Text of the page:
Partner & Managing Director, London
For the last few years we have had nothing but digital euphoria (some would say hysteria)—characterized by big claims with no quantitative evidence, deliberate efforts to create anxiety about being left behind, shape shifting of pre-existing products and services to fit the new craze, and a flood of articles, conferences, books and consulting services that claim to de-mystify the subject. The word ‘digital’ is added to everything in the same way that a slice of lime was added to mediocre beer in the 90s to make it cool and twice the price.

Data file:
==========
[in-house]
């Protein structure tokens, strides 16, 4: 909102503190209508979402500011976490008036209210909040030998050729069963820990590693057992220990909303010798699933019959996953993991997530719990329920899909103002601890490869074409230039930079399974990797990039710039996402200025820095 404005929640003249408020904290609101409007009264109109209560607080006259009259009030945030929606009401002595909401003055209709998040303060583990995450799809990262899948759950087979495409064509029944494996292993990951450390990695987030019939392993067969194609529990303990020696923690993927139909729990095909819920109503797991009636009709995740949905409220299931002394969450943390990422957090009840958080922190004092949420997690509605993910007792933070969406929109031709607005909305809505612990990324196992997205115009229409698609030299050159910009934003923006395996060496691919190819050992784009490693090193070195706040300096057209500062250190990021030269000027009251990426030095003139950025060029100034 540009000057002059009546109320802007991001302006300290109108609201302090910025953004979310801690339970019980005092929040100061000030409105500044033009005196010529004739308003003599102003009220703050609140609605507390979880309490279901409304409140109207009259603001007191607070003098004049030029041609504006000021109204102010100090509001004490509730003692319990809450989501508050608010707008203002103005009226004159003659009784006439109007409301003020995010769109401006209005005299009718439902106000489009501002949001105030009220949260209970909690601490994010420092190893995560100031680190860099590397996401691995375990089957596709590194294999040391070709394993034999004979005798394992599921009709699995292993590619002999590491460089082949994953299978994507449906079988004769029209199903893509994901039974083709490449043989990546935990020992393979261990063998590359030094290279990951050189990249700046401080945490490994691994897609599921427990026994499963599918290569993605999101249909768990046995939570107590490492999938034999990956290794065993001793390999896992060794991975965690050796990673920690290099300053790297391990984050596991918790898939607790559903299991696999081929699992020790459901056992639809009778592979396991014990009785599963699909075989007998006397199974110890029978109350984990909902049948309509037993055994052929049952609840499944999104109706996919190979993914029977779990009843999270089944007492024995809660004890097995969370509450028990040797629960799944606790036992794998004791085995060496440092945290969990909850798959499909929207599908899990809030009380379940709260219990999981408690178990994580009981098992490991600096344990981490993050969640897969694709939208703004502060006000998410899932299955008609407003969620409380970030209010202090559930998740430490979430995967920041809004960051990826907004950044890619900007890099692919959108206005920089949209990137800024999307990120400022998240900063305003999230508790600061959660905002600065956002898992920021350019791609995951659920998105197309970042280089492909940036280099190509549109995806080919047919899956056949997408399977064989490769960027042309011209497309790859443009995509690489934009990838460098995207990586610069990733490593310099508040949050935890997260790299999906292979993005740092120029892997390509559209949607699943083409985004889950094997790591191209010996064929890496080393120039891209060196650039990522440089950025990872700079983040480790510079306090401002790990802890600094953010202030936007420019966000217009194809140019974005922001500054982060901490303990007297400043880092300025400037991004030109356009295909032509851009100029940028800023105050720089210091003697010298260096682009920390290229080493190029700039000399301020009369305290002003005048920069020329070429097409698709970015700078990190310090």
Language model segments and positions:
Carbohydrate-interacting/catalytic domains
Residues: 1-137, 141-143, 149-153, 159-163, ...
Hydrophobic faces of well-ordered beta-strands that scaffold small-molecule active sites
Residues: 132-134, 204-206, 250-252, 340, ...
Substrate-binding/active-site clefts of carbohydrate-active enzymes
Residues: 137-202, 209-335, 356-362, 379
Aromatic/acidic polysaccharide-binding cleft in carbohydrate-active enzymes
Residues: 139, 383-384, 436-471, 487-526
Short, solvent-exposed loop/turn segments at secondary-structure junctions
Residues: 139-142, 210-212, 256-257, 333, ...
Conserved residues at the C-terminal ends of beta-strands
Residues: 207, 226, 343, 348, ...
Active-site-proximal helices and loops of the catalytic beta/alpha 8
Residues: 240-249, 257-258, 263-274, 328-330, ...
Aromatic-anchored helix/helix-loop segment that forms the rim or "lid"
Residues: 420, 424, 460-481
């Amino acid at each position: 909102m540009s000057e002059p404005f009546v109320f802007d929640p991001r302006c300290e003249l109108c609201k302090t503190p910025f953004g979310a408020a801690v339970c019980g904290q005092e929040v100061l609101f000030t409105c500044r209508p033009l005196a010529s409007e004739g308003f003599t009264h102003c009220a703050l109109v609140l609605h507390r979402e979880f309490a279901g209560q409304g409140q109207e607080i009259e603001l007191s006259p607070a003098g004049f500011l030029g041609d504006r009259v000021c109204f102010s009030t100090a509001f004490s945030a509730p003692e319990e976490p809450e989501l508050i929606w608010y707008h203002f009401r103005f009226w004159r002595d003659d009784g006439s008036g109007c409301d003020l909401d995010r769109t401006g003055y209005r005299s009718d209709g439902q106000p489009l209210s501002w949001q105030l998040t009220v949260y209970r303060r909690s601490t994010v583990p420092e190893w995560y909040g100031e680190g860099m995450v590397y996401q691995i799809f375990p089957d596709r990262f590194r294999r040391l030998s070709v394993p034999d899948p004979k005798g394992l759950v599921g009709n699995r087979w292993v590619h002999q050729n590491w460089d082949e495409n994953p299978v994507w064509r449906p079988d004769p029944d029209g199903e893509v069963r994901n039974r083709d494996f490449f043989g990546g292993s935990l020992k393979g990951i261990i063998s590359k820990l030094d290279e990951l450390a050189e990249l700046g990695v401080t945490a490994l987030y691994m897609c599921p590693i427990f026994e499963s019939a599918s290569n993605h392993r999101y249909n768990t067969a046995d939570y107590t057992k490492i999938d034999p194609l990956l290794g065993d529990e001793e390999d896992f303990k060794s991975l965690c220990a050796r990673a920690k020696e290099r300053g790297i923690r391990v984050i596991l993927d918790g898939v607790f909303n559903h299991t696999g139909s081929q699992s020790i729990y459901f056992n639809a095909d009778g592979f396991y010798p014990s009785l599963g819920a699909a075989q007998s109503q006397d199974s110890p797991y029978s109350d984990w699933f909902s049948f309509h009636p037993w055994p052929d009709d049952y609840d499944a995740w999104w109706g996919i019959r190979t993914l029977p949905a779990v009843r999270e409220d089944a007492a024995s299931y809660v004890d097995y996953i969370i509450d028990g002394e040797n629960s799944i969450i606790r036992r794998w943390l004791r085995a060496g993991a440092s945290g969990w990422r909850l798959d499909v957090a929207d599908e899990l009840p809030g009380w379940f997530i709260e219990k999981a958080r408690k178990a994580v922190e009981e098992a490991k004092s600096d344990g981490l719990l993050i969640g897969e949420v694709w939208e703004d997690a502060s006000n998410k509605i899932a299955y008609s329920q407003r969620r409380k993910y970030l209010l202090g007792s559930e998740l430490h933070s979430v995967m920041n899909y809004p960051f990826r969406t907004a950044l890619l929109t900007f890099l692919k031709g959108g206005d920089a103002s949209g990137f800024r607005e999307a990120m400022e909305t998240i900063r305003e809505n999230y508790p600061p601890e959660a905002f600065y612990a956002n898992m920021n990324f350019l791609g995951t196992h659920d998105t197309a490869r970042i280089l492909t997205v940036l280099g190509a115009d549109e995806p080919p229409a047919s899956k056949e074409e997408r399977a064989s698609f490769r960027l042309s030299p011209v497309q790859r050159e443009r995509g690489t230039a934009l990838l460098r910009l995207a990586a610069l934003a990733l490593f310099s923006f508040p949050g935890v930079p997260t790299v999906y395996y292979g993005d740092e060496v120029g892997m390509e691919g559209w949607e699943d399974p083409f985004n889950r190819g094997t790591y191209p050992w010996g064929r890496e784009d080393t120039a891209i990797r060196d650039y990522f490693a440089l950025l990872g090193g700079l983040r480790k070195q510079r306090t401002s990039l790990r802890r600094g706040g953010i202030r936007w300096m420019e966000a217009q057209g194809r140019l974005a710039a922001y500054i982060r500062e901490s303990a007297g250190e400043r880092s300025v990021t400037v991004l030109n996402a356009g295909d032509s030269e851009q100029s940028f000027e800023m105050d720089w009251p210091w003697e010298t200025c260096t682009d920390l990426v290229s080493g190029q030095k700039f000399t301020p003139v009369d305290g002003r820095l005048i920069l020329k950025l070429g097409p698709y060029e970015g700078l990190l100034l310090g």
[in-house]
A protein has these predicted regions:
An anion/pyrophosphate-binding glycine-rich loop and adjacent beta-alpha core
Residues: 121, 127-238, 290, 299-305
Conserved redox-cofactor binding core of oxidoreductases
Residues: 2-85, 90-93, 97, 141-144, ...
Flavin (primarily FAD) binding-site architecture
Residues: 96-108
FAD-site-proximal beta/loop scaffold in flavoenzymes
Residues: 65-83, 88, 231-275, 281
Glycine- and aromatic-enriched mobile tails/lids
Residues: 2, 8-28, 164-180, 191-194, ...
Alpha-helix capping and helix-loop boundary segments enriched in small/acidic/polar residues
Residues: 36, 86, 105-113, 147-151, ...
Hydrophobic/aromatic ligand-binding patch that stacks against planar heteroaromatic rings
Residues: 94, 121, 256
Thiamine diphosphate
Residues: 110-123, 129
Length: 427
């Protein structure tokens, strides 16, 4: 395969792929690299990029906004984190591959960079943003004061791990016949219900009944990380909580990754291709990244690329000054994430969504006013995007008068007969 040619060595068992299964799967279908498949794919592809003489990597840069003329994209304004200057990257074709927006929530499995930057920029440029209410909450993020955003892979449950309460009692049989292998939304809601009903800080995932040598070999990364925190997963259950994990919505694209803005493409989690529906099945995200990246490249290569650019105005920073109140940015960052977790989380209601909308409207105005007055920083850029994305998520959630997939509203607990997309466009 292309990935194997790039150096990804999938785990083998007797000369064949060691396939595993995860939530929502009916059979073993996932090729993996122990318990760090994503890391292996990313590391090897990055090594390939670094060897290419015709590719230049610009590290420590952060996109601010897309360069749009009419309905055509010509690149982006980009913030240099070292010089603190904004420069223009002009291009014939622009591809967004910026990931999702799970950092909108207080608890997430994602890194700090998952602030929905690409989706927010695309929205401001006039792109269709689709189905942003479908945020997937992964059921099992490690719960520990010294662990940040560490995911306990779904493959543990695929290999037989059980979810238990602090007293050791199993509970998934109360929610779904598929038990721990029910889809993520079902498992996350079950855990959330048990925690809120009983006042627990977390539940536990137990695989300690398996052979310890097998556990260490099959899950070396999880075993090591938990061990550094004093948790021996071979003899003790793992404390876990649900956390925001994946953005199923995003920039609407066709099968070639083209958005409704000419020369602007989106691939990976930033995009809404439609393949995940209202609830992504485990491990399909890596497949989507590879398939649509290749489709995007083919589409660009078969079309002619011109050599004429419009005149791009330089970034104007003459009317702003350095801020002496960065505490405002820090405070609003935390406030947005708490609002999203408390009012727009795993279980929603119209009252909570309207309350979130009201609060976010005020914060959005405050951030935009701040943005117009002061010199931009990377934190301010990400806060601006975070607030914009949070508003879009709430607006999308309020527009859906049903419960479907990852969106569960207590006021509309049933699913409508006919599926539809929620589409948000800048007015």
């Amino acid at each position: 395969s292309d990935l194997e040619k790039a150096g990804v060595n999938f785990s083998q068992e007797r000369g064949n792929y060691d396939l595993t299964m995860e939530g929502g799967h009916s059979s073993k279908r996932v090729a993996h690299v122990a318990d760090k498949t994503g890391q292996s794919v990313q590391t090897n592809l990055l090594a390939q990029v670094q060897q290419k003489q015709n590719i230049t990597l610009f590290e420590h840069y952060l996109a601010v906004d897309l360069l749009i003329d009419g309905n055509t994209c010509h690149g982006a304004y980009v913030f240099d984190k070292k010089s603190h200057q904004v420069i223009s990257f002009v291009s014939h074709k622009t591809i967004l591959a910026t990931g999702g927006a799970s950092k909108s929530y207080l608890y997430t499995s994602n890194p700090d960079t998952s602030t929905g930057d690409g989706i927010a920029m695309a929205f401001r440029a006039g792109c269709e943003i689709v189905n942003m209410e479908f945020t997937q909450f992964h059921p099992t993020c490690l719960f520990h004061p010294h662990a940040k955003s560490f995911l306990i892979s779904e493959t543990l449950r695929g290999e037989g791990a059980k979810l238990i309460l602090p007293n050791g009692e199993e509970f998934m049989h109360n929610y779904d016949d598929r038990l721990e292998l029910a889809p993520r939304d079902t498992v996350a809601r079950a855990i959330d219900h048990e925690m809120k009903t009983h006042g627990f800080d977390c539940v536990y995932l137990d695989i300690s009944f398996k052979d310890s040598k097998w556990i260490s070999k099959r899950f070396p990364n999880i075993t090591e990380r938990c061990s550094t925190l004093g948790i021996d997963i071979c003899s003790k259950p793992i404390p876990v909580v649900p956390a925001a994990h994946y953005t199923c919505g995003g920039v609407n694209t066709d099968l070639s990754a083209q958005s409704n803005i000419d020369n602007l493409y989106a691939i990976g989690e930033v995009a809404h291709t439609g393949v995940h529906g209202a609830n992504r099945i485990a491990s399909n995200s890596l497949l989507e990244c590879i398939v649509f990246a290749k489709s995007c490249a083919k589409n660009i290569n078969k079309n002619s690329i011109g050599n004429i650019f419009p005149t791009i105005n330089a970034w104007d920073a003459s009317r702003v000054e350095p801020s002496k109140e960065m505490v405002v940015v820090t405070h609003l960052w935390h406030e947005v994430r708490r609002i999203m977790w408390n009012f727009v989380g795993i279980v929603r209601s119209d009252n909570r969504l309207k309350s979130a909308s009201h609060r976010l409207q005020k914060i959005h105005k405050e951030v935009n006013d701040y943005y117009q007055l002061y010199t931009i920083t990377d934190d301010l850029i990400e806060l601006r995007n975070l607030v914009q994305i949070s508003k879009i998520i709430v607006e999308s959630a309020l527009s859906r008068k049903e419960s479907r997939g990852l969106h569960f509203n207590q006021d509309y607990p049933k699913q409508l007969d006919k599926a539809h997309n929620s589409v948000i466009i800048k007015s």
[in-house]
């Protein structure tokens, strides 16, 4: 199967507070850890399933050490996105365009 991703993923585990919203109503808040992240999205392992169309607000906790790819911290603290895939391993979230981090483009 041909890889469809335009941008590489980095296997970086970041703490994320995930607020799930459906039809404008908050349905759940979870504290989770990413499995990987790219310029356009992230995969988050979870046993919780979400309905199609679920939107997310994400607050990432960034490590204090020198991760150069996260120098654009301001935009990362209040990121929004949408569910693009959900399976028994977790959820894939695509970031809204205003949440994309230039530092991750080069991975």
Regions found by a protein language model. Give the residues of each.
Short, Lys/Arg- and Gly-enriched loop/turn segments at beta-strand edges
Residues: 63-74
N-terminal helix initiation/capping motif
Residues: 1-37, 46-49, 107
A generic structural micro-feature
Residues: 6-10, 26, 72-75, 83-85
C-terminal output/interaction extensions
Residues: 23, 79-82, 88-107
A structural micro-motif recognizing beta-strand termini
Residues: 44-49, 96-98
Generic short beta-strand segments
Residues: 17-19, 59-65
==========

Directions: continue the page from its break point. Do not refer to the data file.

I think digital, properly understood, really does have the power to change business and our wider world fundamentally. I view it as the biggest shift in my lifetime and believe we will be unpacking its implications for at least the next two decades. By ‘properly understood’ I mean viewing digital as a confluence of advances in technology that have created a major inflection point that materially changes what is possible. This has not only increased technical opportunities but also expanded the ways in which businesses can organize and operate.